4. neednewtechnique

    neednewtechnique New Member

    I agree that the foster care thing is a NOT GOOD IDEA. I could tell, even before our difficult child came to live with us, that when her bio mom first went to jail and she was living with close family that things may have been sensitive, but were "okay". Then when the family thing didn't work out, she went to her first REAL "foster home" because we weren't quite prepared to take her in yet, and she was desperately trying to give bio mom "one last chance" to straighten things out before such a permanent arrangement was made. It was IN foster care that our difficult child took a turn for the worse. She was unfortunate in that she did not get one of the "good ones". Her foster mother was a bit psychotic, and used to tell her HORRIBLE things about her bio mom and about her father, and used to force our difficult child to call HER mom, and would only let her refer to bio mom by her "real name". She used to cause a scene about EVER LITTLE THING that went wrong, and on top of all that, when difficult child started having behavior problems, she refused to seek any help for her, she didn't tell anyone what was going on because she didn't want to look bad.

    So in my opinion, foster care made things worse for our difficult child, NOT BETTER.
  5. Lothlorien

    Lothlorien Active Member

    I'm reading your profile. Has he been evaluation'ed for Asperger's. If not and psychiatric is concerned then that should be a priority, for now. If he's on the spectrum, then a whole host of opportunities become available to him for treatment.

    As far as foster care, hold off. Use that as a last resort. There have been a few moms here that tried that and regretted it later. It is very hard to get them back. You have very little, if any control over them and generally they are bounced around from home to home.

    Glad you've calmed down some. We've all been there. There are just days that things become so overwhelming that we all just need to vent, break down, freak or have a meltdown ourselves. It's perfectly normal.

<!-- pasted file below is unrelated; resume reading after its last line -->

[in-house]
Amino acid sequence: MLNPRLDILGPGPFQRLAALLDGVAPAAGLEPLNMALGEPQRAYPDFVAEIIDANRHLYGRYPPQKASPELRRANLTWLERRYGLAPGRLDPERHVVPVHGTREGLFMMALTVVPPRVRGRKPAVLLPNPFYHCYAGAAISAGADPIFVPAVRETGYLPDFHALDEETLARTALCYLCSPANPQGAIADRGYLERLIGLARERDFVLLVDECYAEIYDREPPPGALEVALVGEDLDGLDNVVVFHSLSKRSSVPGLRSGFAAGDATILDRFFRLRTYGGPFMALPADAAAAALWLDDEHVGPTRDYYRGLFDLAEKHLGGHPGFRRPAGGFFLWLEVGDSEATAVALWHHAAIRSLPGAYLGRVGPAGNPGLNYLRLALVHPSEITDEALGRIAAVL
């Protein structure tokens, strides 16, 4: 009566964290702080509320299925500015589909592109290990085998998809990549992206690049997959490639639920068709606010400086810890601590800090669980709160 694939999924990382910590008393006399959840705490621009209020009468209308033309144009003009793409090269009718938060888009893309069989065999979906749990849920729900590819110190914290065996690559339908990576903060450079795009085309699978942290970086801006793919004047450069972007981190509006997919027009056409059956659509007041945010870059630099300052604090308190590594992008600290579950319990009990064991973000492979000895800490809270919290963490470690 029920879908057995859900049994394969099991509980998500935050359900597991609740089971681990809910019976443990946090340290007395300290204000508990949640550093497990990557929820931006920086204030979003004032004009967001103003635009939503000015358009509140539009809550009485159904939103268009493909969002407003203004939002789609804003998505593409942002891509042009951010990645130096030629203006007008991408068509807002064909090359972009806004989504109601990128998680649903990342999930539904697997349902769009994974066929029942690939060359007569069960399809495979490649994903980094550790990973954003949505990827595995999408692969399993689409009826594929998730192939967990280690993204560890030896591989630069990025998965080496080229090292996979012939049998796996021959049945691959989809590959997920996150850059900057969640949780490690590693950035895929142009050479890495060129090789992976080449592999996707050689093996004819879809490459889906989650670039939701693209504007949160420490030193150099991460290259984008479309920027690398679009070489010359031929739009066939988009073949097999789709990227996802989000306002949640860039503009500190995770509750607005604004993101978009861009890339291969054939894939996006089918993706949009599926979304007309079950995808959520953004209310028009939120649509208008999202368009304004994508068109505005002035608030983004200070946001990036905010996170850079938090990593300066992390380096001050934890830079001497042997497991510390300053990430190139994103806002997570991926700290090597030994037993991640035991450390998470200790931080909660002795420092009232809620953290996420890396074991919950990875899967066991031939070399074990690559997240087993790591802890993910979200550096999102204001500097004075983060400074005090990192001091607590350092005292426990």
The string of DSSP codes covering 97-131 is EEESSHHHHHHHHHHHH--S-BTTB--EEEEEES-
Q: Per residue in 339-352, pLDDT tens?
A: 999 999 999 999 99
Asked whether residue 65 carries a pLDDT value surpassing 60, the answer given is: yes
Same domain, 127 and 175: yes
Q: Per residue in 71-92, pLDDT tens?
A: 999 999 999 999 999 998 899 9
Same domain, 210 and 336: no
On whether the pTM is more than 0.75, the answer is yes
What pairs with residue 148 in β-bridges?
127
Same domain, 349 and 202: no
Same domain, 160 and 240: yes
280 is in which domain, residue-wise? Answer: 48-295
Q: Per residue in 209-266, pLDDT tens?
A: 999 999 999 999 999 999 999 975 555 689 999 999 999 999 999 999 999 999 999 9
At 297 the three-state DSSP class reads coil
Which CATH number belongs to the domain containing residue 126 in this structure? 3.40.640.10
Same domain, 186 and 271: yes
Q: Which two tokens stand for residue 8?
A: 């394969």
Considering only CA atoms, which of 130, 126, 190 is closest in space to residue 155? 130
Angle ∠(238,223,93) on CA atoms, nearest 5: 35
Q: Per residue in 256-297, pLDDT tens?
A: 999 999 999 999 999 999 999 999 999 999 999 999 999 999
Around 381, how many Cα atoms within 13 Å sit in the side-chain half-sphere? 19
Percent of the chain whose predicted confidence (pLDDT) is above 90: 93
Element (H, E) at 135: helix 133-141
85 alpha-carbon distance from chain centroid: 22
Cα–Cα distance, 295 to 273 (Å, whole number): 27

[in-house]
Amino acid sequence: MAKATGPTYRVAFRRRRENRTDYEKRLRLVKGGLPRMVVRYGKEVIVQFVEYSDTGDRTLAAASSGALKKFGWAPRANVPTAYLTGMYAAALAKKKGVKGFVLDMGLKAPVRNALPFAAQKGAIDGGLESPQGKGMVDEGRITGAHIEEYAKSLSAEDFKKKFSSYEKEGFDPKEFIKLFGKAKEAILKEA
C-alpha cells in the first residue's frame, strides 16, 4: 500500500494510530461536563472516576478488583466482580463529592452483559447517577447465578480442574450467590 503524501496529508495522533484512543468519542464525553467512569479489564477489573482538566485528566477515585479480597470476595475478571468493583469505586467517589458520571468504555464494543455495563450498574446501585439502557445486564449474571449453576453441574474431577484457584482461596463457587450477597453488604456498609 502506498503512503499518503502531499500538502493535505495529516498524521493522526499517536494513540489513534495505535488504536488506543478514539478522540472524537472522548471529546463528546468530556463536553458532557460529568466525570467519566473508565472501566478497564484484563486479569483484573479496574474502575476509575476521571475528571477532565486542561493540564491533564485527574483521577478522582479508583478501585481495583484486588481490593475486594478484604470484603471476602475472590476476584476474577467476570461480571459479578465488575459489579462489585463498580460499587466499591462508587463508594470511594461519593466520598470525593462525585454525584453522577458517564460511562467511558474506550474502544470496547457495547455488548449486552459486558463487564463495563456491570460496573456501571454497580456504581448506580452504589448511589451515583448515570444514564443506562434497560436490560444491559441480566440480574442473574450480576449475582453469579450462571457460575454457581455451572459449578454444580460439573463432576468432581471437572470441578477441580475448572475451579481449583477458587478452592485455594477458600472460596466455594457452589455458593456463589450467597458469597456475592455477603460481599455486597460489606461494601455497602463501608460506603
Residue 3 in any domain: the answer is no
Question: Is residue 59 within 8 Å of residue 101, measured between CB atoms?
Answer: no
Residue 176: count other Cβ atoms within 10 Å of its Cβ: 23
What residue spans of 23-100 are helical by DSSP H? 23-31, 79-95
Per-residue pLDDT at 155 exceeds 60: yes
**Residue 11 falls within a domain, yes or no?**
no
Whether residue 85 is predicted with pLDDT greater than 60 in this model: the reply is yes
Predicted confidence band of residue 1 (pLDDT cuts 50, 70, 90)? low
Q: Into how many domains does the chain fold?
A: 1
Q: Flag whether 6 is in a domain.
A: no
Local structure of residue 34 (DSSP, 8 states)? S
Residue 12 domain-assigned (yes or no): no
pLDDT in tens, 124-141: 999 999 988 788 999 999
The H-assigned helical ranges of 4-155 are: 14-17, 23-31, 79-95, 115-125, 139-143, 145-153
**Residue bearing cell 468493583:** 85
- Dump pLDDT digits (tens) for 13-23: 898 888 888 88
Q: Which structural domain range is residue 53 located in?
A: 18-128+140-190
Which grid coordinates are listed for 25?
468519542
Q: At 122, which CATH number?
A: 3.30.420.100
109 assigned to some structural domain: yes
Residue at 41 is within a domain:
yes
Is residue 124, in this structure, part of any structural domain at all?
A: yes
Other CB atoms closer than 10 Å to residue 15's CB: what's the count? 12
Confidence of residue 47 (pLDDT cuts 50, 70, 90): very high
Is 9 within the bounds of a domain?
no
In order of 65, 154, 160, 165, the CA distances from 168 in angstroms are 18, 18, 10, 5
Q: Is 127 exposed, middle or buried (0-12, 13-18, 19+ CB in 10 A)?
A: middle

6. KateM

    KateM Member

    Just wanted to add my welcome to our little corner of Cyber World!

    It's wonderful what a night of sleep will do to retore some sense of balance and perspective.

    I don't have experience with out of home placements, but wanted you to know that I have a son with Aspergers who has been a challenge.Medication and therapy have helped tremendously! The right school environment has been a big part of keeping the stress down and thus alliviating anxiety-driven behaviors.

    A full evaluation and then good treatment plan may go a long way in getting a handle on your son's behavior. Good luck and keep us posted!
  7. meowbunny

    meowbunny New Member

    Don't consider getting help a surrender. Would you feel that way if your son had out-of-control diabetes? Of course not. You would fight tooth and nail to get him every intervention possible up to and including daily insulin shots. The same is true of a child with a mental illness. You fight, you hope something works and you keep on going and fighting.

    I'm glad today is looking a little better. As I'm sure you know, there are many ups and downs and, sadly, with puberty there seem to be more downs than ups with our special kids. Don't give up all hope though. They do grow up -- it just seems to take them a bit longer than other kids.

    Hang in there. You've found a great group here.